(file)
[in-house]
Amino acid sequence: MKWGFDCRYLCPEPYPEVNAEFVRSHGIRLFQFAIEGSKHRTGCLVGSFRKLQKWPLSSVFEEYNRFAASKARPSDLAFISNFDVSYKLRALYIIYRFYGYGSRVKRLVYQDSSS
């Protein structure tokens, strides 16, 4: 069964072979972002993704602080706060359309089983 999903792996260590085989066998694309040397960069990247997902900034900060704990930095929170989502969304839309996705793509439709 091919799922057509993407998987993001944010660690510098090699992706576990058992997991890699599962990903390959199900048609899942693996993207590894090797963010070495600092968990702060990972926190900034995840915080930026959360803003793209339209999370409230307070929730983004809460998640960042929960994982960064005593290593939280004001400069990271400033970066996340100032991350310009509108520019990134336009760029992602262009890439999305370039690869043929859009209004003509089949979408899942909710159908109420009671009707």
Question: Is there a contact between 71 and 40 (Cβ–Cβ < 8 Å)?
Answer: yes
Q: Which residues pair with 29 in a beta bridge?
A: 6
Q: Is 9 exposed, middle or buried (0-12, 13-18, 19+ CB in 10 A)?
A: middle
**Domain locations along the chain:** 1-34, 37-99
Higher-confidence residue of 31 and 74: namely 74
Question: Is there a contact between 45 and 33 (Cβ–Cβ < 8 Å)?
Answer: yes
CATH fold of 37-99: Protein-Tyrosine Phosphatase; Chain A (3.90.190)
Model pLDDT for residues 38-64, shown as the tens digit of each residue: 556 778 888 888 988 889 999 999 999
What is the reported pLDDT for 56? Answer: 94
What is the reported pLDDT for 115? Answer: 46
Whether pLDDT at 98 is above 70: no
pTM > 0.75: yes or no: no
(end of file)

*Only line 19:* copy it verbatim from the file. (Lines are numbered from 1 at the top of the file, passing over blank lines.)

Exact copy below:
pTM > 0.75: yes or no: no